A good starting point. However,  more a TFS build it makes more sense to call StyleCop directly in the PowerShell, why shell out to a command prompt to run an EXE when your can run the code directly in PowerShell?

Step 2 – Create a simple PowerShell script

The PowerShell required to run StyleCop using the wrapper is simple, just providing the same parameters as used for the EXE.

Add-Type -Path "StyleCopWrapper.dll"

 

$scanner = new-object StyleCopWrapper.Wrapper
$scanner.MaximumViolationCount = 1000
$scanner.ShowOutput = $true
$scanner.CacheResults = $false
$scanner.ForceFullAnalysis = $true
$scanner.XmlOutputFile = "$pwd\out.xml"
$scanner.LogFile = "$pwd\log.txt"
$scanner.SourceFiles =  @("file1.cs", "file2.cs") )
$scanner.SettingsFile = "settings.stylecop"
$scanner.AdditionalAddInPaths = @("C:\Program Files (x86)\StyleCop 4.7" )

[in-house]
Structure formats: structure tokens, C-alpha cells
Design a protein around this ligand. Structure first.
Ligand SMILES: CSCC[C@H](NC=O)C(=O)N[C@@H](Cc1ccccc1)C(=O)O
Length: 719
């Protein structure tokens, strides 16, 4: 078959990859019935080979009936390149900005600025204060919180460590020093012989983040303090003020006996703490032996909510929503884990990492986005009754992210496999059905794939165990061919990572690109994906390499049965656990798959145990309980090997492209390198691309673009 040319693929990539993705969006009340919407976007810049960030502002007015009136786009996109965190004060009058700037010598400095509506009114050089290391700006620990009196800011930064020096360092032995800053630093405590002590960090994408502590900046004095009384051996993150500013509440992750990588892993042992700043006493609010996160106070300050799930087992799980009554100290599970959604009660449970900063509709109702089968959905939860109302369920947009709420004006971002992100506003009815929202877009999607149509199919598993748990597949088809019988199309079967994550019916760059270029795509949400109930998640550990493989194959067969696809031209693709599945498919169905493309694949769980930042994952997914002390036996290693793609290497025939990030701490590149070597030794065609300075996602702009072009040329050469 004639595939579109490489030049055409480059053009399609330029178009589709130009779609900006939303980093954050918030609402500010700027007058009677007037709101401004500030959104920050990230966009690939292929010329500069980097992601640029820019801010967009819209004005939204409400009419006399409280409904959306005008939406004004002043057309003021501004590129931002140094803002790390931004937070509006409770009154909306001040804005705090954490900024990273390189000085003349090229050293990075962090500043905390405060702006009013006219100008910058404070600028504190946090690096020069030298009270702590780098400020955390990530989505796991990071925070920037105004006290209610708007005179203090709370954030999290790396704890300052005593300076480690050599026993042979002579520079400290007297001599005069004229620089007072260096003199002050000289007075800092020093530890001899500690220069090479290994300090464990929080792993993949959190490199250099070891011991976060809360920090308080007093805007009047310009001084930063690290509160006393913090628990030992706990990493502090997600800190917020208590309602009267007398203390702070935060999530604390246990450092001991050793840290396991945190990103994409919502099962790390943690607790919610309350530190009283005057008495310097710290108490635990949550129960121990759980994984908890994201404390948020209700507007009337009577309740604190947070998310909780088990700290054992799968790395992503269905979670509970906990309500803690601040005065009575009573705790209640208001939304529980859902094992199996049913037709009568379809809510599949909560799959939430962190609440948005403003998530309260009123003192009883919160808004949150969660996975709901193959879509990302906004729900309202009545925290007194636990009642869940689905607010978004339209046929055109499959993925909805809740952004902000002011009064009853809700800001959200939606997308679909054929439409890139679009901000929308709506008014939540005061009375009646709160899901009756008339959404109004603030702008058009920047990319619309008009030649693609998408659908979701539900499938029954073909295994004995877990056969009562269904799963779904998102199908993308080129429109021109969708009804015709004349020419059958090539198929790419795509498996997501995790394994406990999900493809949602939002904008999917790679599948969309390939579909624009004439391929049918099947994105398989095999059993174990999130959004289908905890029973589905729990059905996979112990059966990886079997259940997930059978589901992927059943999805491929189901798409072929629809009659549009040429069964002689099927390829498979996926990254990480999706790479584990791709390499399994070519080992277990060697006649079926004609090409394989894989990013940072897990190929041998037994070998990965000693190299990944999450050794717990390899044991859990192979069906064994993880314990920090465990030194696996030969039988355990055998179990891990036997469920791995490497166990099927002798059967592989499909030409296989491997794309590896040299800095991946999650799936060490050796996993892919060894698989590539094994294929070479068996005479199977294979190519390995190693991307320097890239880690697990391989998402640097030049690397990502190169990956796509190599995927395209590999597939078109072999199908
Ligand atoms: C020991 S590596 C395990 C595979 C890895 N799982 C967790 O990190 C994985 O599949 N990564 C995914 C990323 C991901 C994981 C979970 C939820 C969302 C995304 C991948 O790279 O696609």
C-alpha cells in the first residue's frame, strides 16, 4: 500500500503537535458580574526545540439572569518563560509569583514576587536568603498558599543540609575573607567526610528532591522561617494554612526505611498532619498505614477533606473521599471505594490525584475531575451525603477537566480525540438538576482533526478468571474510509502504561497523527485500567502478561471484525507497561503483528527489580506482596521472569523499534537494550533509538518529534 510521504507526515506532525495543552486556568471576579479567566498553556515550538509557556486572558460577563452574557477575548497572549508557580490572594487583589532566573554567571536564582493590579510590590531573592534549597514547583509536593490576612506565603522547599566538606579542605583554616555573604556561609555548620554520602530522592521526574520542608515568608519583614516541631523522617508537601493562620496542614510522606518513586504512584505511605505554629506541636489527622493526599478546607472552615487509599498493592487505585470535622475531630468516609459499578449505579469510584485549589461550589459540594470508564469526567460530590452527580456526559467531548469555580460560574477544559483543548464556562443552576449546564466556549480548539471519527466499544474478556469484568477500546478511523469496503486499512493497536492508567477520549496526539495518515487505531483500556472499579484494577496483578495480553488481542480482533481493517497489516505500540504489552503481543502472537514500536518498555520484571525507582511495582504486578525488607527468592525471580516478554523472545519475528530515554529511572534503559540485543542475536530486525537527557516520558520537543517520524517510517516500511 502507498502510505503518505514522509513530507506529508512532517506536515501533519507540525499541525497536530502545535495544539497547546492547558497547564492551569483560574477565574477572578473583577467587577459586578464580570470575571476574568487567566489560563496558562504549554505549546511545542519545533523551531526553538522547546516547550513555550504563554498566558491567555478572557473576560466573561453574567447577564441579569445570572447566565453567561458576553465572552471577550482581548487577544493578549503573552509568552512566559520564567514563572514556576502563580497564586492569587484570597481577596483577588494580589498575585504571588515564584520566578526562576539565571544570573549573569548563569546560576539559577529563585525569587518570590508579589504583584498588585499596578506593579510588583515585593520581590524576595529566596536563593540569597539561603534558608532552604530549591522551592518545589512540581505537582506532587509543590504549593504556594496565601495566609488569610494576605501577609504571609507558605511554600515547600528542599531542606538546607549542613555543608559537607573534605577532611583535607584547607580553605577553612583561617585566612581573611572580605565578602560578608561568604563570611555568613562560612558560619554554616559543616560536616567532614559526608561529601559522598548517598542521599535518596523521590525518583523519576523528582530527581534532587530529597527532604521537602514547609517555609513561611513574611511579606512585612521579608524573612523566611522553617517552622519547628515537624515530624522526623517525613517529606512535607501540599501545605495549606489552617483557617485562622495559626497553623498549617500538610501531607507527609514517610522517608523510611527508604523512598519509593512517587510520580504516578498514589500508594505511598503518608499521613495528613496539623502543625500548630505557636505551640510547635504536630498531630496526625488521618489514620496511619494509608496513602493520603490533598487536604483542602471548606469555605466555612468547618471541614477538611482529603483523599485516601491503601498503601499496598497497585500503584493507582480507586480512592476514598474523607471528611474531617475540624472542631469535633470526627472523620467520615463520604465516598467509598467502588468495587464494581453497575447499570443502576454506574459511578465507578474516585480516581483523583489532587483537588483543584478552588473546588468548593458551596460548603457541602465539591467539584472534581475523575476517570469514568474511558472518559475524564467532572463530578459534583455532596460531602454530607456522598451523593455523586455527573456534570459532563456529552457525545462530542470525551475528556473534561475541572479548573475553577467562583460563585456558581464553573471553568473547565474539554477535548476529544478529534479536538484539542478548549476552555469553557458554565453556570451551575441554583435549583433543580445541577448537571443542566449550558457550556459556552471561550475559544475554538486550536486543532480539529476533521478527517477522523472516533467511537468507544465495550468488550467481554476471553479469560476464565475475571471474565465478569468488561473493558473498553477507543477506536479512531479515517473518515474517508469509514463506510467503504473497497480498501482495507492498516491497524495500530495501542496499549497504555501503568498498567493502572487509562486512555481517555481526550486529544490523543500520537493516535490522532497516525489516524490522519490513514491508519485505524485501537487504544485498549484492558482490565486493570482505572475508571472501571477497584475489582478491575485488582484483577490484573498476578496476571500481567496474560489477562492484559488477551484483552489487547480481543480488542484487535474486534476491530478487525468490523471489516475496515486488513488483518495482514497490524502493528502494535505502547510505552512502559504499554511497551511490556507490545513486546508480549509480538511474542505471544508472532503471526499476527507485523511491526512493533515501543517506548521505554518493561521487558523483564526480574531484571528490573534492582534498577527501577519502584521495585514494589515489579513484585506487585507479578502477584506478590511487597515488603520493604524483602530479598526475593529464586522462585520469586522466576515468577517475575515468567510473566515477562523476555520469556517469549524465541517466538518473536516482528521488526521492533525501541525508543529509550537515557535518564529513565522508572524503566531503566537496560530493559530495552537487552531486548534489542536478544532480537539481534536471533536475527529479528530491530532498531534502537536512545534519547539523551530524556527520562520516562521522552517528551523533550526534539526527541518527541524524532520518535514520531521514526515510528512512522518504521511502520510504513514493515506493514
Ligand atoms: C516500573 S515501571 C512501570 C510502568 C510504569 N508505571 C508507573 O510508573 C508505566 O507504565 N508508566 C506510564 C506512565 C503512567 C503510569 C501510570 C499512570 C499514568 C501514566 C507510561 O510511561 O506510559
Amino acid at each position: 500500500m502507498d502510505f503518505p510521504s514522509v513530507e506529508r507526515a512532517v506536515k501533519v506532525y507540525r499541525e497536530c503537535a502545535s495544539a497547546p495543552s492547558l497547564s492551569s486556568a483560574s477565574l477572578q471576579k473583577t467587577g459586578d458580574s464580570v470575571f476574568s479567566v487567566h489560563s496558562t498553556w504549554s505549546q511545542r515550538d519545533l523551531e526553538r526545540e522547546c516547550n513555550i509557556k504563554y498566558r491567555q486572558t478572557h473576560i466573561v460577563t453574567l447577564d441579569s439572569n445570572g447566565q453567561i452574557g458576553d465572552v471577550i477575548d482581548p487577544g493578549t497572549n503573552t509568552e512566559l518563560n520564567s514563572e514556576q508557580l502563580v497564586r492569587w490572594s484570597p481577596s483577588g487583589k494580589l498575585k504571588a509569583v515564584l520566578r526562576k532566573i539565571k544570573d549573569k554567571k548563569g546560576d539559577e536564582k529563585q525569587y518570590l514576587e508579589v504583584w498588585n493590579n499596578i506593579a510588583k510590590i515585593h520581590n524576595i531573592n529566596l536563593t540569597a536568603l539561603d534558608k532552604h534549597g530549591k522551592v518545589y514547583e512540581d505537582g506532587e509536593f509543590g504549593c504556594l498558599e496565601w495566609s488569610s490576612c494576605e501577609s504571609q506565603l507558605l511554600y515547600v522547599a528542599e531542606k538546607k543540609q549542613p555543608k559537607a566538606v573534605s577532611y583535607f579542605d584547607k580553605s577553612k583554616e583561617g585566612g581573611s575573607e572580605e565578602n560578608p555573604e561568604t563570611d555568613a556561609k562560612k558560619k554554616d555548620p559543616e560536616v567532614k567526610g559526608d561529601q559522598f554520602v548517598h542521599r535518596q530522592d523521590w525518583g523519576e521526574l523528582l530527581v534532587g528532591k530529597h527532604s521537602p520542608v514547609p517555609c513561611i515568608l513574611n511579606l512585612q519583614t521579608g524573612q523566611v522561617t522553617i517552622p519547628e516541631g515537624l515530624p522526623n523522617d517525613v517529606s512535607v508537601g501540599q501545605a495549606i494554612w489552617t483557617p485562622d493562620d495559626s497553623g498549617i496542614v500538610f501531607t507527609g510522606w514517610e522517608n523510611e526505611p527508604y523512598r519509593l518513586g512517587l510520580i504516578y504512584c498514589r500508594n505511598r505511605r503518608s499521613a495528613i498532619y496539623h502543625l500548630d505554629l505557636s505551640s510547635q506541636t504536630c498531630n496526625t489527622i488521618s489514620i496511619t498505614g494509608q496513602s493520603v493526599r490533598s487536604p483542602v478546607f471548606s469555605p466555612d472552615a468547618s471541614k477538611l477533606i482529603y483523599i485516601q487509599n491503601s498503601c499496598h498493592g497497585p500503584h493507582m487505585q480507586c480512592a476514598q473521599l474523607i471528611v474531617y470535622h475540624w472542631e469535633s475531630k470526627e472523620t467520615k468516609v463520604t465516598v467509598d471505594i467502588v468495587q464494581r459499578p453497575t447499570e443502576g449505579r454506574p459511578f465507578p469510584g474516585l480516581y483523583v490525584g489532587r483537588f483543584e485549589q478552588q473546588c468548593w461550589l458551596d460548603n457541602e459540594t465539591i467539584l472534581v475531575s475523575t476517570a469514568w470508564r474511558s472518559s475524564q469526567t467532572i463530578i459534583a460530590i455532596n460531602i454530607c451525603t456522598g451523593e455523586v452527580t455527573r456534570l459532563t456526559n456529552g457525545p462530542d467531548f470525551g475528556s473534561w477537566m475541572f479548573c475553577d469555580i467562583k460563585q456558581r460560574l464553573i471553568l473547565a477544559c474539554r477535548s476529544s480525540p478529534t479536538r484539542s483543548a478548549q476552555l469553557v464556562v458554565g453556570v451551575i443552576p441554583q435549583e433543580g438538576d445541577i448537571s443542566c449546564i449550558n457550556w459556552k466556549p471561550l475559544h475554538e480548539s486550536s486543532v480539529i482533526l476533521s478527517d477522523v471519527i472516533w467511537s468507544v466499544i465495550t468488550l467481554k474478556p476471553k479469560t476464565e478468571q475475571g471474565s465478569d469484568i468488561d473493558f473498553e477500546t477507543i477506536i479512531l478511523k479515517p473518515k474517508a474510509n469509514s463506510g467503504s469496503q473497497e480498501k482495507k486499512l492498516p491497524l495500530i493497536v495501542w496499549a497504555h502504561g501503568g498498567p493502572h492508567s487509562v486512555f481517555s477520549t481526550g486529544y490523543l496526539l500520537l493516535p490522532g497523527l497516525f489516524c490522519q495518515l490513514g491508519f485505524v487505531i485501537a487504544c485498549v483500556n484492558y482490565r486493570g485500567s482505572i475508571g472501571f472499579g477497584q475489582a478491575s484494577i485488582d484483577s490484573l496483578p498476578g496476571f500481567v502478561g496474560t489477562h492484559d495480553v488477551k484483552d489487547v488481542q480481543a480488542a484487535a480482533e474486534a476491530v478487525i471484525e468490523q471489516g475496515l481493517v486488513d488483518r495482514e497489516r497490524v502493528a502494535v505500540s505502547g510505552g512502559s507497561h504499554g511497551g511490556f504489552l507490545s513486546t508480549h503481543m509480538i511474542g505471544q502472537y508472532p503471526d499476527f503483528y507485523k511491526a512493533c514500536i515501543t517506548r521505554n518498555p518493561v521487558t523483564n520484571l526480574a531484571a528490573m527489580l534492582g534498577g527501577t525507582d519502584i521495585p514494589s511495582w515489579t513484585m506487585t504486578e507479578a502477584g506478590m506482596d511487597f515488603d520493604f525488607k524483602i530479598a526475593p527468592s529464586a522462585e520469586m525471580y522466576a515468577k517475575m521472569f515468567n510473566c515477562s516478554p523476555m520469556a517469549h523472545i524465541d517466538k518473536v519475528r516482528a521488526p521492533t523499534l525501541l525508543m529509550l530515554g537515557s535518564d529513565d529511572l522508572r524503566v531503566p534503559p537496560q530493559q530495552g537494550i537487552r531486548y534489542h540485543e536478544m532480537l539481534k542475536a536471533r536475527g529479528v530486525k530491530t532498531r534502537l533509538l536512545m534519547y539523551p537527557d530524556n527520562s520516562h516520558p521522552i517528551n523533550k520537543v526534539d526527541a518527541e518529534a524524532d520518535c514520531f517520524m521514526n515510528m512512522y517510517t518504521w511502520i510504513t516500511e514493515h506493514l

$scanner.TreatViolationsErrorsAsWarnings = $false

$scanner.Scan()

write-host ("Succeeded [{0}]" -f $scanner.Succeeded)
write-host ("Violation count [{0}]" -f $scanner.ViolationCount)

See the GitHub site’s WIKI for the usage details.

Step 3 – Create a vNext build PowerShell script

So now we have the basic tools we need to run StyleCop from a TFS vNext build, but we do need a more complex script.

The script you use is up to you, mine looks for .csproj files and runs StyleCop recursively from the directories containing the .csproj files. This means I can have a different  setting.stylecop file for each project. In general I have more strict rules on production code than unit test e.g. for unit tests I am not bother about the XML method documentation, but for production code I make sure they are present and match the method parameters.

Note: As the script just uses parameters and environment variable it is easy to test outside TFS build, a great improvement over the old build system

#
# Script to allow StyleCop to be run as part of the TFS vNext build
#
[CmdletBinding()]
param
(
    # We have to pass this boolean flag as string, we cast it before we use it
    # have to use 0 or 1, true or false
    [string]$TreatStyleCopViolationsErrorsAsWarnings = 'False'
)

# local test values, should be commented out in production
#$Env:BUILD_STAGINGDIRECTORY = "C:\drops"
#$Env:BUILD_SOURCESDIRECTORY = "C:\code\MySolution"

if(-not ($Env:BUILD_SOURCESDIRECTORY -and $Env:BUILD_STAGINGDIRECTORY))
{